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20 December 2013

What happened?
Anticyclonic control of the synoptic patterns has been based on the South Atlantic high pressure core fed from both Tropical and Polar front convergence to the north and the south. This core may vary somewhat in its charted position either east or west but its presence feeds the lower level, mobile, cores as they intensify and drift eastward while the upper core resides high above the Atlantic.
From this synopsis, for a few days a zone of lower pressure activity saw some 3 or 4 shallow vortex cores shape only to wander east or weaken and collapse as a new secondary formed to the west. This complexity was to be found from south of the Cape (35oS) down to the periphery of the major polar front activity at 45oS, covering the entire southern Africa up to Madagascar. There was little chance for moisture inflow.

Meanwhile the low pressure area synonymous with the hot season brought the Congo airmass further south. This airmass and its identifiable core, the Barotse low, ensured consistent, daily, rains from eastern Angola, the Okavango catchment, and east into Zambia.
In general, this as an outline matches the “climatic norm”, the zone of activity being some 5 to 10 degrees of latitude south of this “climatic norm” marks the mix of both past and present where our synoptics are concerned.
During these few days, therefore, rains have kept to their more usual ranges for this time of year, while maintaining their favourable weather pattern presence on our doorstep. Only from the Kavango region eastward does December feature as a core month (the first of the four) of the rainy season.
So for much of the country sunny skies prevailed beneath a shallow southerly flow while this pattern joins the eastward drift into this new week. Such conditions favour the strengthening of the heat inspired low pressure area above southern Namibia, which draws in moisture from the north.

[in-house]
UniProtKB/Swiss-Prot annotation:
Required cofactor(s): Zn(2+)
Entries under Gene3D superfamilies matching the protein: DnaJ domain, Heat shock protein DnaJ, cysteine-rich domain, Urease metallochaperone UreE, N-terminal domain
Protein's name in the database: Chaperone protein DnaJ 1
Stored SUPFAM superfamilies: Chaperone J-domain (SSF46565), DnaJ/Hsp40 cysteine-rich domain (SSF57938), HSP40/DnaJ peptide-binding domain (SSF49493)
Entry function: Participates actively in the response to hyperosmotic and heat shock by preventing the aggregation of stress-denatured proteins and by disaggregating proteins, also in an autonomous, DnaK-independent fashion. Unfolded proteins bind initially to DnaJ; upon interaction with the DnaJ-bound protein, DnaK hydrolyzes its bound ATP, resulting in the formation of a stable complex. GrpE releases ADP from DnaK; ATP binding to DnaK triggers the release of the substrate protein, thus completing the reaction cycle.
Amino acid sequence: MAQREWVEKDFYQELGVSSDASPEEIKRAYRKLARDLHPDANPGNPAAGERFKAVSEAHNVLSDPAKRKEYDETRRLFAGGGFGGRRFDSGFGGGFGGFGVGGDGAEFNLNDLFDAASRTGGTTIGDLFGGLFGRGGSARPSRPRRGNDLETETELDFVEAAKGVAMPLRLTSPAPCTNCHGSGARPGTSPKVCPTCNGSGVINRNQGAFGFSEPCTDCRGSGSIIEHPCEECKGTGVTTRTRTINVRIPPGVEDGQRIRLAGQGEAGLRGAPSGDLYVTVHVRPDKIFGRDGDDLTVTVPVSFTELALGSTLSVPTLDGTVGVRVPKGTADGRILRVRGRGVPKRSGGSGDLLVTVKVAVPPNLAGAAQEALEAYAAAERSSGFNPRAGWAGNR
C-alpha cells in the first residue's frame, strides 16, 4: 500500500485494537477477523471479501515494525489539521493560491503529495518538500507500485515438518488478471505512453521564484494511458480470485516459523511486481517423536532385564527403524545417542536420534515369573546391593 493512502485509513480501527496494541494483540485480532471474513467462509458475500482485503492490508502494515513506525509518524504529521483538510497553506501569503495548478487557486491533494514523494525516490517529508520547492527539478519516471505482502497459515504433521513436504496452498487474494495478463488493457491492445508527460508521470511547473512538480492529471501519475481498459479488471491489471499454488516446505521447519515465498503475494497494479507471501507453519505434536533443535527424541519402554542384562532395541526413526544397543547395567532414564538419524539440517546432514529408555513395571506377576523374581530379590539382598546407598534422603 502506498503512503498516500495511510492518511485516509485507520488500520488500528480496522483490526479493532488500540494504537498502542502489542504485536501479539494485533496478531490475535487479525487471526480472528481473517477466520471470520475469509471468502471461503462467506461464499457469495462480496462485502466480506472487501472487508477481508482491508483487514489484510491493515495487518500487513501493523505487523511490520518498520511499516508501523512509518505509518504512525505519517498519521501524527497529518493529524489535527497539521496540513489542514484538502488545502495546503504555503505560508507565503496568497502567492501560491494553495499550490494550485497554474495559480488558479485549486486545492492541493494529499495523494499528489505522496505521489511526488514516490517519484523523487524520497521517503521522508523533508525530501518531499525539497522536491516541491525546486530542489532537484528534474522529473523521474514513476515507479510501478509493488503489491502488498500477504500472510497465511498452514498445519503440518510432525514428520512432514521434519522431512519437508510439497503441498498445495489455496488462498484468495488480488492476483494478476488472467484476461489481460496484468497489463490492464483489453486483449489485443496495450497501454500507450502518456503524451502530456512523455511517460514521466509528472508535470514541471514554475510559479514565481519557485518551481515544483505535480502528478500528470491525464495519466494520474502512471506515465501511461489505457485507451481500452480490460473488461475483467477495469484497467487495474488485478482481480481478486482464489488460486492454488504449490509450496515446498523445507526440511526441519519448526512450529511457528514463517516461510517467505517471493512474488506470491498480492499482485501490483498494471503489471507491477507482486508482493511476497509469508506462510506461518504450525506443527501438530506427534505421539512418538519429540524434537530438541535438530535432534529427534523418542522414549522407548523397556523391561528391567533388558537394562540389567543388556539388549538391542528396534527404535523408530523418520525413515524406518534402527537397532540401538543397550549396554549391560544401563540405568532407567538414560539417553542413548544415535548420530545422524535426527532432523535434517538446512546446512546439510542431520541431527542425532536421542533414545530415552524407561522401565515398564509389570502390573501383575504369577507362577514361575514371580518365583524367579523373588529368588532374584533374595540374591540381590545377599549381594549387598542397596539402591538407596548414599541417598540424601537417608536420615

What’s coming?
Two authoritative forecasts show widespread rains starting over the weekend and continuing for at least eight days. Interestingly, the Outjo and Otjiwarongo districts are indicated as the area where the heaviest activity will be by next week Tuesday and Wednesday.
For most of the country except the desert zone, there is a reasonable chance of a wet Christmas.
Advection from the periphery of the Congo air assisted by the departure of the southerly flow sees  a return of convective activity over the interior.. This intrusion may vary somewhat in the course of the next few days, but for the northern half, the promise of scattered to widespread showers seems justified. With its Congo air influence, the intensity levels look promising with falls of 60mm or more to be expected.  On this optimistic outlook more-or-less in place for the rest of the year,  this scribe wishes all readers Happy and Holy Christmas into the New Year. I am finally calling it quits, so I wish my readers farewell.

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